A return to the gold standard would stabilize and strengthen the U.S. economy, says Steve Forbes, chairman and editor-in-chief of Forbes Media and a former GOP presidential candidate.
"All it would mean is that the dollar would have a stable value, which it had for 180 years from the time of George Washington through the early 1970s,'' Forbes said Thursday on "The Steve Malzberg Show'' on Newsmax TV.
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"It's similar to having a fixed number of minutes in an hour. Imagine what life would be like if the Federal Reserve … did to clocks what it does to the dollar.
"You have 60 minutes an hour one day, 42 minutes the next, 74 the day after. Life would be chaotic. ... So a stable dollar just makes it easier to invest, easier to do transactions. When the government constantly changes the value of the dollar, it makes it suspect.''
The gold standard, a system in which a country's currency is backed by gold, was dropped by President Franklin Roosevelt in 1933.
The government continued to convert dollars into gold at the rate of $35 an ounce until President Richard Nixon ended the practice in 1971.
Forbes is author of the new book, "Money: How the Destruction of the Dollar Threatens the Global Economy – and What We Can Do About It,"
written with Elizabeth Ames and published by McGraw-Hill.
On Wednesday, the Bureau of Economic Analysis issued its estimate of real gross domestic product for the second quarter of 2014.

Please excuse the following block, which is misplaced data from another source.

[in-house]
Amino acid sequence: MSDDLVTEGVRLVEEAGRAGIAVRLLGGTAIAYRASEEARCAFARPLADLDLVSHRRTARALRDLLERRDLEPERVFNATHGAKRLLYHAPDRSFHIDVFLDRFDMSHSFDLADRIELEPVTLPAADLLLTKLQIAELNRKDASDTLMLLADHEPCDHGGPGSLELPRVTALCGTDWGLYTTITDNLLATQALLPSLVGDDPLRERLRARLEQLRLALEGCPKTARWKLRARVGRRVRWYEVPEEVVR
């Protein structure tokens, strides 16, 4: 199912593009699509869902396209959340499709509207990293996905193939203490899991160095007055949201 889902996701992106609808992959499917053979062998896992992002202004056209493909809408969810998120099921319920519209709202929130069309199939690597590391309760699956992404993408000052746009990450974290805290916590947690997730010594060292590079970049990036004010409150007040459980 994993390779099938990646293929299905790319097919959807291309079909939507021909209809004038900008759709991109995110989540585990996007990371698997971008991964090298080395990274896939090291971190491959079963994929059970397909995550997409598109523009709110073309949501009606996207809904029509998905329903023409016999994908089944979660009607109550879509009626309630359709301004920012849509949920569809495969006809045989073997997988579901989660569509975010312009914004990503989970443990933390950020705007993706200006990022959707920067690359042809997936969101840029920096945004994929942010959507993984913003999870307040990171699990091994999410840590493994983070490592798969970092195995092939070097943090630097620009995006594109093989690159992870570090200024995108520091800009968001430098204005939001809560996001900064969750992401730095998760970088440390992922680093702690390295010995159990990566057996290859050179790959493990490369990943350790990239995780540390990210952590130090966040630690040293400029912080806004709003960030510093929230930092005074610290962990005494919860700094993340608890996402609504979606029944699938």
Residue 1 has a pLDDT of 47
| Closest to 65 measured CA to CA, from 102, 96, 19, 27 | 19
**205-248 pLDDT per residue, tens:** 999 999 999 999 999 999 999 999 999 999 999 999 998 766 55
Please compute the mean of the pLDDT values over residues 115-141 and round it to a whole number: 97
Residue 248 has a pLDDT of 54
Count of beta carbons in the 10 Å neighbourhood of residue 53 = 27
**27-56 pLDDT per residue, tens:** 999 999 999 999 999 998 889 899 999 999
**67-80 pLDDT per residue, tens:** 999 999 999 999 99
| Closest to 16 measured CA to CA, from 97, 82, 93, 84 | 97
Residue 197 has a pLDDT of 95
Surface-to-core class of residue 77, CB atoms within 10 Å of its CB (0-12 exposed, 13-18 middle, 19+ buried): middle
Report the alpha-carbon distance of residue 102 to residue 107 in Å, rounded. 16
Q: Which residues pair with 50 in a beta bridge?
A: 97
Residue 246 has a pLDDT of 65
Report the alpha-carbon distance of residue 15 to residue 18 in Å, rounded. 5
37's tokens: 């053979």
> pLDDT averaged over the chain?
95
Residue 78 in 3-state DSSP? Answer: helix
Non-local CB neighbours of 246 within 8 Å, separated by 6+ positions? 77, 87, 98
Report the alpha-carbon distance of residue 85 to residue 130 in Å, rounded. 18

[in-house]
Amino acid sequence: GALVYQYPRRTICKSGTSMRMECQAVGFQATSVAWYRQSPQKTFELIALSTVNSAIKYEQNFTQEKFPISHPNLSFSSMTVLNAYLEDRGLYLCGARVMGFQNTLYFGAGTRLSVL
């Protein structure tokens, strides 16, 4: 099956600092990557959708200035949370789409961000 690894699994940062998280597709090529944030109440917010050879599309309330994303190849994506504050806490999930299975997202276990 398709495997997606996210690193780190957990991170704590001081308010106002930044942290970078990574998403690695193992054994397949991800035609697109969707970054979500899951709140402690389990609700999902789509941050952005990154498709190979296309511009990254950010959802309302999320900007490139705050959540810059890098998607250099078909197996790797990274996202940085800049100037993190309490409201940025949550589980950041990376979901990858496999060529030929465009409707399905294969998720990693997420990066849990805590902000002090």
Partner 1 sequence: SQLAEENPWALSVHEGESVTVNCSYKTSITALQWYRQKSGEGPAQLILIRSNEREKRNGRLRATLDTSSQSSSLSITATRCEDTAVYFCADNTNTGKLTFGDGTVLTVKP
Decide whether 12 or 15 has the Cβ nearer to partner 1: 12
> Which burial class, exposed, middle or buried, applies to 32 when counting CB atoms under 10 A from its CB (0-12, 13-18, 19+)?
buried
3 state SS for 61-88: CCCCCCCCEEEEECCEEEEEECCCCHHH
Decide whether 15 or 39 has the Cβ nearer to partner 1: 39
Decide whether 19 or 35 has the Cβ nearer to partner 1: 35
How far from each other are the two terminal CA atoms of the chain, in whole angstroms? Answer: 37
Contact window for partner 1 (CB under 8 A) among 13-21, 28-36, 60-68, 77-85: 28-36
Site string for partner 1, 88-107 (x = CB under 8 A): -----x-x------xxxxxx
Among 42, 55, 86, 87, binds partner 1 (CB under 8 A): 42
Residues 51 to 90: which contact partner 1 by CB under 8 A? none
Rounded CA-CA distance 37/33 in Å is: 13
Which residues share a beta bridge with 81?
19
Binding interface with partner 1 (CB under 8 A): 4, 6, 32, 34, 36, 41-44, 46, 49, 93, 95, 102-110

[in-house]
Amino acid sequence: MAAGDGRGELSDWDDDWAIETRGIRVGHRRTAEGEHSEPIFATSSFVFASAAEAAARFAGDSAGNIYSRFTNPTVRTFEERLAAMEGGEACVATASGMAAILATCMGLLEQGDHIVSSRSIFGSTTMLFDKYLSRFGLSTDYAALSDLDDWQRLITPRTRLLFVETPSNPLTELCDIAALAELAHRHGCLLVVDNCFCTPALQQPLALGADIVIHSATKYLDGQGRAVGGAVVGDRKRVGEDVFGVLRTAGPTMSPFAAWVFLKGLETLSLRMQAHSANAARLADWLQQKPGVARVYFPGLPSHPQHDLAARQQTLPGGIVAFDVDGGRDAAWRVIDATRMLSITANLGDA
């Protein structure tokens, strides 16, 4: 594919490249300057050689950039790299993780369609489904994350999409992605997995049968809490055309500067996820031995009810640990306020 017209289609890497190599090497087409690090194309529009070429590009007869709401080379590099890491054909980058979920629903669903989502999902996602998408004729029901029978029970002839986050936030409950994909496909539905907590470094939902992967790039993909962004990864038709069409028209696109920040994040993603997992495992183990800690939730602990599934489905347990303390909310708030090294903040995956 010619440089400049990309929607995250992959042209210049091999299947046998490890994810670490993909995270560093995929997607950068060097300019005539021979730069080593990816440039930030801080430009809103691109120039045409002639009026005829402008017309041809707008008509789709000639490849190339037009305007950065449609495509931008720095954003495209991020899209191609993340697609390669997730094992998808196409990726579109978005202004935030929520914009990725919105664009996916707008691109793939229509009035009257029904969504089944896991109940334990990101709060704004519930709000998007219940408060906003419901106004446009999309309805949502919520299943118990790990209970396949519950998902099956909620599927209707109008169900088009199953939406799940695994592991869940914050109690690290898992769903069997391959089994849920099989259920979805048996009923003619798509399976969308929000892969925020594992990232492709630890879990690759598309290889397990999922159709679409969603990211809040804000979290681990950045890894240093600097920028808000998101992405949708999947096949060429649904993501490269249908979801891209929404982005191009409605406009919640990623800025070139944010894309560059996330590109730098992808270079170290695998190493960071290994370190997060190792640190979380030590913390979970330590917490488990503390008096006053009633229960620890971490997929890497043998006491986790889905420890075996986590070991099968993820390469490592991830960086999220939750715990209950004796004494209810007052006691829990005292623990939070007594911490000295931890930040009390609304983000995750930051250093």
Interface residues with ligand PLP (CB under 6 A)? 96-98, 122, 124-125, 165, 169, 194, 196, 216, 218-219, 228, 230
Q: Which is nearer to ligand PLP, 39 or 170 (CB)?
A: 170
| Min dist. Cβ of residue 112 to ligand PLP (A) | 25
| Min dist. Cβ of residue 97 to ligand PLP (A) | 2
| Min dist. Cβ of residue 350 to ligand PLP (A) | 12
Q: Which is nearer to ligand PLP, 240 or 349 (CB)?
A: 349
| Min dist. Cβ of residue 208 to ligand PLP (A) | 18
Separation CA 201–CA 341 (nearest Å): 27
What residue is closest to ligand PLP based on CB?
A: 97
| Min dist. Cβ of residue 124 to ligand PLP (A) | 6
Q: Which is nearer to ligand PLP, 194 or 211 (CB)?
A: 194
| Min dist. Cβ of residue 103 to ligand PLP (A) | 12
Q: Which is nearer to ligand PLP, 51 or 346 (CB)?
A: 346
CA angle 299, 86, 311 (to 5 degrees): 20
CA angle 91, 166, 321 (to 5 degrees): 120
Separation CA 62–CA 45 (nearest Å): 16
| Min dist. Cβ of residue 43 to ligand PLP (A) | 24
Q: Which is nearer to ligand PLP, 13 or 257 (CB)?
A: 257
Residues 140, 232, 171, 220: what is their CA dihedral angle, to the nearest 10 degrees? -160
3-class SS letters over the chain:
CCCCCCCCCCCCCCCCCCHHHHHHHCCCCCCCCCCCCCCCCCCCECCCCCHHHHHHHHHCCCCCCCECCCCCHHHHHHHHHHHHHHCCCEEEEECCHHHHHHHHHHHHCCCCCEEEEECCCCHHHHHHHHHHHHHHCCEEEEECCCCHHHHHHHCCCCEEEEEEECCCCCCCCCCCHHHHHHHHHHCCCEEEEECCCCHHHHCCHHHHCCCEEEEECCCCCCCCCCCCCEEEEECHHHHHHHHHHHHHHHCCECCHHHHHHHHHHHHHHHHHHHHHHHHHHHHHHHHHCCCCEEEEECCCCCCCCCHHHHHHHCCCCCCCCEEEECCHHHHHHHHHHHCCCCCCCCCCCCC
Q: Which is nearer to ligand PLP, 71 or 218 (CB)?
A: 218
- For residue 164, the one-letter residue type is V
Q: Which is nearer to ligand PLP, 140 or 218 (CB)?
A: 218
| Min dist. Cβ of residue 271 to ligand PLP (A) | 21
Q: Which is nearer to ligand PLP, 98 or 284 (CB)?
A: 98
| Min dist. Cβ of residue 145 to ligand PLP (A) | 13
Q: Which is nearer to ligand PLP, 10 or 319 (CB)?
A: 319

Covering April, May, and June, it showed output in the United States increasing at an annual rate of 4 percent — a dramatic spike compared to the first quarter when real GDP declined 2.1 percent.
Forbes said that despite the uptick, he remains concerned.
"It’s nice to have the snap back, but it's still a very punk recovery, and I'm not sure in the latter part of this year we're going to get much above or even close to 3 percent real growth,'' Forbes said.
"So this still ranks as the worst recovery in American history from a sharp downturn. It's like a baseball player who was hitting .150. Now he's got it up to .220 or .230. Very nice, but it ain't going to get you to the World Series.''
Forbes agreed with CNBC economist Larry Kudlow that a strong U.S. economy is vital to world security.
"Anytime the United States is weak — as happened in the 1930s during the Depression, and the 1970s, a terrible malaise decade [with] high inflation — the world starts to unravel.
"A strong U.S. is critical and when [President Ronald] Reagan came in and made the needed reforms and America once again was seen as an innovative, fast-growing nation, we won the Cold War.
"The world became a much safer place. But when people perceive weakness, the bad actors start to misbehave. We see it with [Russian President Vladimir] Putin most notably.''
Forbes' company, Forbes Media LLC, is one of the world's leading financial information companies and publishes Forbes Magazine, an online version, and newsletters.
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